The automobiles that consumers will be driving 10 years from now will differ vastly from those on the road today. The key difference will be the use of electronics to make vehicles safer, more energy-efficient and more fun to drive.
In-vehicle processing power will continue to increase in tandem with advances in electronics, fueling demand for components. According to Texas Instruments Inc., semiconductor content accounts for $250 per vehicle; thus automotive is a key sector in the company's analog chip sales strategy.
But the automotive environment is a harsh one for electronics. Wide operating-voltage requirements, high transient voltages and wide temperature excursions are tough on electronics systems, said Tony Armstrong, product-marketing manager for the Power Product Group at Linear Technology Corp. (Milpitas, Calif.).
So as the number of components increases, space requirements are shrinking. Efficiency thus becomes more critical.
As a result, analog-device makers are tailoring parts--from LED drivers to switching regulators--to meet automotive OEMs' requirements. Those include a wide input voltage operating range; good efficiency over a wide load range; low quiescent current during normal operation, standby and shutdown; low thermal resistance; minimal noise and EMI emissions; and a wide operating temperature range.
Linear Technology, TI, National Semiconductor Corp., Catalyst Semiconductor Inc. and others are flooding the market with analog chips that meet those specs while adhering to the auto environment's space limits.
Switching vs. linear
At low output voltages and moderate current levels, Armstrong said, it is impractical to use a linear regulator to drive system voltages. Thermal constraints have switching regulators replacing linear regulators, he said.
"Although switching regulators generate more noise than linear regulators, their efficiency is far superior," Armstrong said. "Noise and EMI levels have proved manageable in many sensitive applications as long as the switcher behaves predictably. If a switching regulator switches at a constant frequency in normal mode, and the switching edges are clean and predictable with no overshoot, frequency can provide a small, tight layout, which minimizes EMI radiation."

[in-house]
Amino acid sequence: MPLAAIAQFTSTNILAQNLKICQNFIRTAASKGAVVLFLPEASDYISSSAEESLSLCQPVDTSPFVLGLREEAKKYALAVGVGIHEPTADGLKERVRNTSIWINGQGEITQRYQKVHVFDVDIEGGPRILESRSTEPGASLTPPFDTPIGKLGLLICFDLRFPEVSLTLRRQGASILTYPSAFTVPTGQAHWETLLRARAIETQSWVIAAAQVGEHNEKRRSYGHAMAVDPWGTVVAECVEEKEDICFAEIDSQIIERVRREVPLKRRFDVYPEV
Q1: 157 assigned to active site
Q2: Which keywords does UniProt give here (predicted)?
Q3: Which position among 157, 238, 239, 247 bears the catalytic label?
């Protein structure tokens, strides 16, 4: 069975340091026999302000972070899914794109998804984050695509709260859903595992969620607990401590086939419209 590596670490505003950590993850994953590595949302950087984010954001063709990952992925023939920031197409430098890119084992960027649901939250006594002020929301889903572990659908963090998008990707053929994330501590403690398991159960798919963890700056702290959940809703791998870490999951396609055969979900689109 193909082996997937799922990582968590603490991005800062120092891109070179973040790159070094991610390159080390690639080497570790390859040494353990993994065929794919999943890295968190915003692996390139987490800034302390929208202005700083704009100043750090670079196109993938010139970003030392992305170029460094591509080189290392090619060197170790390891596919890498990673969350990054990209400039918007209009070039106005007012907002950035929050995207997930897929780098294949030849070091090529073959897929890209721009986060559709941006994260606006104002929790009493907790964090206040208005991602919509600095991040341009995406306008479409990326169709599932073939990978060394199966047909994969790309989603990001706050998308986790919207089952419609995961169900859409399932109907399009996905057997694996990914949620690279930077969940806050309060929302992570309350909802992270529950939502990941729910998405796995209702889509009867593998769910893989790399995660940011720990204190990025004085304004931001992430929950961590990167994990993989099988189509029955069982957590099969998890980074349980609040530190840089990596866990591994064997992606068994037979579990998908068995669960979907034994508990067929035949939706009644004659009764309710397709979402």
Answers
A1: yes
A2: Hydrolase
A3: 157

An automotive switching regulator needs to be specified to work over a wide input voltage range, of 3 V to 60 V. The 60-V rating gives a good margin for 14-V systems, which are usually clamped in the range of 36 to 40 V, Armstrong said.
Linear recently unveiled the H-Grade version of the LT3437 step-down switching regulator. The device operates from continuous inputs of 3.3 V to 60 V and withstands transients up to 80 V. Its 500-mA internal switch delivers up to 400 mA of continuous output current at voltages as low as 1.25 V. Burst-mode operation reduces no-load quiescent current to less than 100 µA, maximizing battery run-time for always-on applications.
The H Grade version performs at a junction temperature of 140°C, vs. the E and I Grade versions' 125°C maximum junction temperature. Other features include shutdown current of < 1 µA, a 200-kHz switching frequency, soft-start capability and saturating-switch design of 0.8-ohm on-resistance.
On the switch-mode regulator side, TI is offering the TPIC74100-Q1, with a buck/ boost feature that lets the user extend the input-voltage range even below the output voltage of the device. That feature ensures full operation during a cold-crank operation, such as starting the engine. Other features include low standby current, high efficiency and an input-voltage capability of up to 45 V.
Linear voltage regulators are also part of TI's lineup of automotive parts. Its TLE4275-Q1 offers low quiescent current, helping customers conserve battery energy in applications that are powered even when the car is not in operation.